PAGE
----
Condoms can be uncomfortable for some, but overall they’re not so bad — especially since they prevent pregnancy and the transmission of sexually transmitted diseases. But some men in East Africa are complaining that condoms on sale are far too small for them, and are calling on the government to do something about it.

In Uganda, the members of Parliament on the parliamentary committee on HIV/AIDS discussed the issue, noting that it was important to listen to the complaints, as condom use prevents HIV infection. “Some youth are complaining that the condoms they are being given, some of them are too short, their organs can’t fit in them,” Merard Bitekyerezo, a Ugandan politician, told NTV Uganda News.

They warn that condoms that don’t fit properly could raise the risk for HIV infection among the population. Uganda already has a high percentage of HIV infections, and the number of Ugandans who said they used condoms during their last sexual experience was at about 13.7 percent in 2011, according to a UNAIDS report. Uganda has seen a change in attitude about HIV/AIDS from a focus on abstinence to one of prevention; the country primarily uses the “ABC Approach” — Abstinence, Be Faithful, Use Condoms to encourage protection. But promoting condom use might be difficult if they hardly fit the users.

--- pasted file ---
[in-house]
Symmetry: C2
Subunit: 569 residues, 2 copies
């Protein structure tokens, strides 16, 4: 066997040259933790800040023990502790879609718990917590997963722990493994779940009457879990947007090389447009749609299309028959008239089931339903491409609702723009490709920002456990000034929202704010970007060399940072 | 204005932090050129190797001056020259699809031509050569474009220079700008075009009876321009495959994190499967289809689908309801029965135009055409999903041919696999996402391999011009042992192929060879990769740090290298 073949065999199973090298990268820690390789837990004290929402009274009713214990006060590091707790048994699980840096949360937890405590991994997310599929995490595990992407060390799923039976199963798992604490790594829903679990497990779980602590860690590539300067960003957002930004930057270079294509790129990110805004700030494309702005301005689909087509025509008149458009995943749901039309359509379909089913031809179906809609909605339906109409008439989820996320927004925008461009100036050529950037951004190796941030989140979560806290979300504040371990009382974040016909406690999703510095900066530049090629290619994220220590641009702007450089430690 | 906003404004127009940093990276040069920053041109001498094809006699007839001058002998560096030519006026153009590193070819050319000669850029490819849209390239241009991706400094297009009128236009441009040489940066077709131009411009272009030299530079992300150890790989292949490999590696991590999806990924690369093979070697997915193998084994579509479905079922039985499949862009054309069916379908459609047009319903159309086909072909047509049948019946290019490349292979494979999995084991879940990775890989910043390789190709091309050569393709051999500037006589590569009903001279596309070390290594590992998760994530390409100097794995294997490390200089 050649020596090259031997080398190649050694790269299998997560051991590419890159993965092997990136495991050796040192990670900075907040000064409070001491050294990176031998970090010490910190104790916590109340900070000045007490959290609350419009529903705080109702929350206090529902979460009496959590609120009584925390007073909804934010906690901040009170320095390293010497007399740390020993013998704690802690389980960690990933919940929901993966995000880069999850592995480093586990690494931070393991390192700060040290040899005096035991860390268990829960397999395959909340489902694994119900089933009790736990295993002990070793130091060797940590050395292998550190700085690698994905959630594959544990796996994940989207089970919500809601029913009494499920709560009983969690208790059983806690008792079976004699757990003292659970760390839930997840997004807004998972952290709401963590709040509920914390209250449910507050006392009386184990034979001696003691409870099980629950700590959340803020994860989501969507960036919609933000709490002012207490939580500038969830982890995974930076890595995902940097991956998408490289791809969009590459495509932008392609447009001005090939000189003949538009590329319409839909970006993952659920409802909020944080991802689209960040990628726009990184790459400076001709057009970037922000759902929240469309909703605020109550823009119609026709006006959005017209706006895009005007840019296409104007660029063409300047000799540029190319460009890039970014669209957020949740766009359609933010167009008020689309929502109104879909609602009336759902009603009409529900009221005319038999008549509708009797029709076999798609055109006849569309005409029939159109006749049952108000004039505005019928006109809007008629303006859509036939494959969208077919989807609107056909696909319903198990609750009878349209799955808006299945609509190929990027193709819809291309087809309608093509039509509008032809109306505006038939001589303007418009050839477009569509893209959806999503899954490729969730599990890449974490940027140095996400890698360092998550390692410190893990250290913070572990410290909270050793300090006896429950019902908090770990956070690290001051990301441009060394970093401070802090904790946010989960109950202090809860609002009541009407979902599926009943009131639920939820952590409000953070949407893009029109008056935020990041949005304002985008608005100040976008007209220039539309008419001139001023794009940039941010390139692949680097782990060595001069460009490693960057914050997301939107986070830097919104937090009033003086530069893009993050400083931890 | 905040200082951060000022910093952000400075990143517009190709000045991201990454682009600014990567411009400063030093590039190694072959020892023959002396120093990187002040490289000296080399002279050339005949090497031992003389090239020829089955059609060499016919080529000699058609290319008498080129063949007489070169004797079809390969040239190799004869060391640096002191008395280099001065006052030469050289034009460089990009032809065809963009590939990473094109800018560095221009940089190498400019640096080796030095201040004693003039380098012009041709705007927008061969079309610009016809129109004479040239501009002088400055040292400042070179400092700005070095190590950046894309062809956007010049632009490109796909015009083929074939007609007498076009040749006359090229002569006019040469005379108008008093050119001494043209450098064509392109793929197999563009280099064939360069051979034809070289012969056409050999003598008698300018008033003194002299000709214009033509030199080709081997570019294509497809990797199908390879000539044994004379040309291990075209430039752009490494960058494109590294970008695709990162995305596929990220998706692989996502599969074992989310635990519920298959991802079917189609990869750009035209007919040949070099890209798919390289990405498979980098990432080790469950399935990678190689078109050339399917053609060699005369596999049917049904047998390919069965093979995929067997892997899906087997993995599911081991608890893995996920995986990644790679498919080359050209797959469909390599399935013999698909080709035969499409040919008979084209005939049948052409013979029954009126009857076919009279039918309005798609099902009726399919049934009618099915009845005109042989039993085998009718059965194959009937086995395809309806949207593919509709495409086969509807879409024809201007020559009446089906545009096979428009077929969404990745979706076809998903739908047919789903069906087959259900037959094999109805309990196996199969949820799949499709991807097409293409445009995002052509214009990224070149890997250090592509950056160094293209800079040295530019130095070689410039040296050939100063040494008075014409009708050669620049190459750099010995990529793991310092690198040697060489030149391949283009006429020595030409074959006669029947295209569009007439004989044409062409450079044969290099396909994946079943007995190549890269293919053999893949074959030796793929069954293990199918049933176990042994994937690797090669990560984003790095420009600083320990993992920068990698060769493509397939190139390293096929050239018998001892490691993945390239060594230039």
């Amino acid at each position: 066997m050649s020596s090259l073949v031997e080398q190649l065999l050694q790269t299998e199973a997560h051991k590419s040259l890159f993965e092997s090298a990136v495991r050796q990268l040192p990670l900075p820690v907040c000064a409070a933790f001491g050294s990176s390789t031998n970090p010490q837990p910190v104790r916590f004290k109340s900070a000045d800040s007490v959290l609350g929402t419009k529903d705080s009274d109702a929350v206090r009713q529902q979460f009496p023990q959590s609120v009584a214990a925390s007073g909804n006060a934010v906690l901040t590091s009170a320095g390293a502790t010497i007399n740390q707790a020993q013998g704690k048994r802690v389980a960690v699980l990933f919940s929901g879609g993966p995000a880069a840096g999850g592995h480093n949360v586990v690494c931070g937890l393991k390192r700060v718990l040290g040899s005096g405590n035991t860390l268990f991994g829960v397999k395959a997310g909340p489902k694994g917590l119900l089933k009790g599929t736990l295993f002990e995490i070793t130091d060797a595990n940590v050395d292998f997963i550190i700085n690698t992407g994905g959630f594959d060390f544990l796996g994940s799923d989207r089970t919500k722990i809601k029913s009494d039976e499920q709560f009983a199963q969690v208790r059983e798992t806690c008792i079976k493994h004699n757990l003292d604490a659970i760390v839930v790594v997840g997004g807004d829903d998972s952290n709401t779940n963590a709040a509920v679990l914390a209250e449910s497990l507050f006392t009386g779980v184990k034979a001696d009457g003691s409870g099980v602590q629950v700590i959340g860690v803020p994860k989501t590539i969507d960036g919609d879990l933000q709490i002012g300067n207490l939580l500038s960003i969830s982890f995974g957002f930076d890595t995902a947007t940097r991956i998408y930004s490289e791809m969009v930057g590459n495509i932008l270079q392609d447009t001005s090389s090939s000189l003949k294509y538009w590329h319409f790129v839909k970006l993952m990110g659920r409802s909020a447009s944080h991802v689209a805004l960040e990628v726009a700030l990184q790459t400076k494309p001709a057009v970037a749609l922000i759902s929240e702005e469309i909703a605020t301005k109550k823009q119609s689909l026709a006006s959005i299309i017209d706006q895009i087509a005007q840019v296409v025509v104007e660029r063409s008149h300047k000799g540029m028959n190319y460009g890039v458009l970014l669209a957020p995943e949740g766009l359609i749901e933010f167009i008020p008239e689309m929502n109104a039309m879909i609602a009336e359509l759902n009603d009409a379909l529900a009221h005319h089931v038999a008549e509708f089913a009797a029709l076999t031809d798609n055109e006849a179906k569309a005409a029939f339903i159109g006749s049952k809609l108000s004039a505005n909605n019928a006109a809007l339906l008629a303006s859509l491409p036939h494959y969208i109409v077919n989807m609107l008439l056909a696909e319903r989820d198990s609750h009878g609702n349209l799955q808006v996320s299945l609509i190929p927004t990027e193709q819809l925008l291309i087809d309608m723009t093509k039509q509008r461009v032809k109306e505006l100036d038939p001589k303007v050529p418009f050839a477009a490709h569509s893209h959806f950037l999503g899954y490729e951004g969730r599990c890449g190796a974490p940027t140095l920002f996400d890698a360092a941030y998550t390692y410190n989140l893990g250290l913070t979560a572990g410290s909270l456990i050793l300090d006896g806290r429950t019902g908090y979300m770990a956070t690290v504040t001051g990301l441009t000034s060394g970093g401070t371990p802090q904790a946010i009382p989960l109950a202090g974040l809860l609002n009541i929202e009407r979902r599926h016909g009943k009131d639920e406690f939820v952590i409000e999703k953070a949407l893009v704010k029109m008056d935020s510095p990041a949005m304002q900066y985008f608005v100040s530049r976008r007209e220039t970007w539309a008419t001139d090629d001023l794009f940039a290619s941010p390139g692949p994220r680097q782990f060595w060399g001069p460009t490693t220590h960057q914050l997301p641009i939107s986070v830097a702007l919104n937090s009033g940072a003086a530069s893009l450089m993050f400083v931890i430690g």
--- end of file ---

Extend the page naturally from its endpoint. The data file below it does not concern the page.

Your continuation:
“People around these areas have bigger sexual organs, and therefore should be considered for bigger condoms,” Tom Aza, another Ugandan politician, told NTV Uganda News. “When it comes to action, when they’re having sexual activity, of course with the pressure, [the condom] bursts.”

According to UNAIDS, there are over 1.5 million people in Uganda currently living with HIV/AIDS. About 190,000 of those are children, who were most likely infected during childbirth from their mothers. There are also about one million orphans due to AIDS. Among people between the ages of 15 and 49, there is a 7.4 percentage rate of individuals living with HIV/AIDS.